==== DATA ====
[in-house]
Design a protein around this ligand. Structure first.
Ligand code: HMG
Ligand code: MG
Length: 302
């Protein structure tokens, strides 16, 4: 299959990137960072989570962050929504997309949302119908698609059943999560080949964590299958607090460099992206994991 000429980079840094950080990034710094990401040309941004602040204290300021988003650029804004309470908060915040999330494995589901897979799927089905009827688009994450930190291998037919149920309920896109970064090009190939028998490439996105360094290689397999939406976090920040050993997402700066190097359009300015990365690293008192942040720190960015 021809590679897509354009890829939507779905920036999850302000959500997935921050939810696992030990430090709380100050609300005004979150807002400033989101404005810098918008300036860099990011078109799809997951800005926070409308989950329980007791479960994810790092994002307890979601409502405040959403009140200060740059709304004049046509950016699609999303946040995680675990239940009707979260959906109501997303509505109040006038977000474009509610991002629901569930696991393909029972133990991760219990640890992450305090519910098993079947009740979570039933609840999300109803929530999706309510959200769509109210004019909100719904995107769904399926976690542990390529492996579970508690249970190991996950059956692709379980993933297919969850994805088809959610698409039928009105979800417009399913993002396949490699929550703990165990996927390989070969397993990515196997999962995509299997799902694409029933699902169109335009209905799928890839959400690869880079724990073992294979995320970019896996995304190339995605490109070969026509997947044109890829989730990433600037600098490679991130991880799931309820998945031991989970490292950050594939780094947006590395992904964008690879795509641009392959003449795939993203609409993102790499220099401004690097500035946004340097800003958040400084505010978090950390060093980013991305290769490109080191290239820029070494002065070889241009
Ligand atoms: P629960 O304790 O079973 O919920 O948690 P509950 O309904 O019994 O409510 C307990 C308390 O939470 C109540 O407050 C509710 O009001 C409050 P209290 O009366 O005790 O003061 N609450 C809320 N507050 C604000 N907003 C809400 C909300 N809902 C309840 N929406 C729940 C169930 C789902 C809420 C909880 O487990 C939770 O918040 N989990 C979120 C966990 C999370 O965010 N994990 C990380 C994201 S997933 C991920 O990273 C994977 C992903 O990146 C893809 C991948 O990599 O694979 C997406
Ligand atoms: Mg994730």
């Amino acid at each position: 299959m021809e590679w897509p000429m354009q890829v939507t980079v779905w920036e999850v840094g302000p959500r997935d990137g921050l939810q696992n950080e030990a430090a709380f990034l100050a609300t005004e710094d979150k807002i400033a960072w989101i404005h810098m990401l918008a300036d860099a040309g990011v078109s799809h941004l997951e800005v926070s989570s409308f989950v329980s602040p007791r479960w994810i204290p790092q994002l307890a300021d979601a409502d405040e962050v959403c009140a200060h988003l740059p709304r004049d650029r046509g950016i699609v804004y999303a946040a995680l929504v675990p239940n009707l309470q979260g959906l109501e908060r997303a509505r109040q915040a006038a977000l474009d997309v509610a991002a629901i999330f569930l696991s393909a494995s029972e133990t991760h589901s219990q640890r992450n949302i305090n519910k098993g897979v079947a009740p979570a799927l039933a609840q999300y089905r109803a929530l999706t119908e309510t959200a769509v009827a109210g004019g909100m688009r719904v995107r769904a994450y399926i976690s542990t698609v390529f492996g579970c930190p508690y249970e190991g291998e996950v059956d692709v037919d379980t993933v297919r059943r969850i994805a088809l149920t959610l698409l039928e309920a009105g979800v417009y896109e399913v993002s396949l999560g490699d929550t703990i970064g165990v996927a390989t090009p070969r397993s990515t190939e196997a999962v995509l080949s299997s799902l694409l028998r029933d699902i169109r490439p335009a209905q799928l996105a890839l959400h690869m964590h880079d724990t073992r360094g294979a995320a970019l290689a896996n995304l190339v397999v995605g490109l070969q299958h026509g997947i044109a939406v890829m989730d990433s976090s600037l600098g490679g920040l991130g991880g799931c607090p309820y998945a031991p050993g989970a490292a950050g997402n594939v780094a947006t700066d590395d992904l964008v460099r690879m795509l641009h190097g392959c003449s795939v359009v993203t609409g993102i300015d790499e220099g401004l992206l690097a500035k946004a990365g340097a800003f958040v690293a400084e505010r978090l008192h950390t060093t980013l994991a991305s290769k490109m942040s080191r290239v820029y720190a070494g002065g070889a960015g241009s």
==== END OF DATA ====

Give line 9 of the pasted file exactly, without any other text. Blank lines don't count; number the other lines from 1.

């Amino acid at each position: 299959m021809e590679w897509p000429m354009q890829v939507t980079v779905w920036e999850v840094g302000p959500r997935d990137g921050l939810q696992n950080e030990a430090a709380f990034l100050a609300t005004e710094d979150k807002i400033a960072w989101i404005h810098m990401l918008a300036d860099a040309g990011v078109s799809h941004l997951e800005v926070s989570s409308f989950v329980s602040p007791r479960w994810i204290p790092q994002l307890a300021d979601a409502d405040e962050v959403c009140a200060h988003l740059p709304r004049d650029r046509g950016i699609v804004y999303a946040a995680l929504v675990p239940n009707l309470q979260g959906l109501e908060r997303a509505r109040q915040a006038a977000l474009d997309v509610a991002a629901i999330f569930l696991s393909a494995s029972e133990t991760h589901s219990q640890r992450n949302i305090n519910k098993g897979v079947a009740p979570a799927l039933a609840q999300y089905r109803a929530l999706t119908e309510t959200a769509v009827a109210g004019g909100m688009r719904v995107r769904a994450y399926i976690s542990t698609v390529f492996g579970c930190p508690y249970e190991g291998e996950v059956d692709v037919d379980t993933v297919r059943r969850i994805a088809l149920t959610l698409l039928e309920a009105g979800v417009y896109e399913v993002s396949l999560g490699d929550t703990i970064g165990v996927a390989t090009p070969r397993s990515t190939e196997a999962v995509l080949s299997s799902l694409l028998r029933d699902i169109r490439p335009a209905q799928l996105a890839l959400h690869m964590h880079d724990t073992r360094g294979a995320a970019l290689a896996n995304l190339v397999v995605g490109l070969q299958h026509g997947i044109a939406v890829m989730d990433s976090s600037l600098g490679g920040l991130g991880g799931c607090p309820y998945a031991p050993g989970a490292a950050g997402n594939v780094a947006t700066d590395d992904l964008v460099r690879m795509l641009h190097g392959c003449s795939v359009v993203t609409g993102i300015d790499e220099g401004l992206l690097a500035k946004a990365g340097a800003f958040v690293a400084e505010r978090l008192h950390t060093t980013l994991a991305s290769k490109m942040s080191r290239v820029y720190a070494g002065g070889a960015g241009s």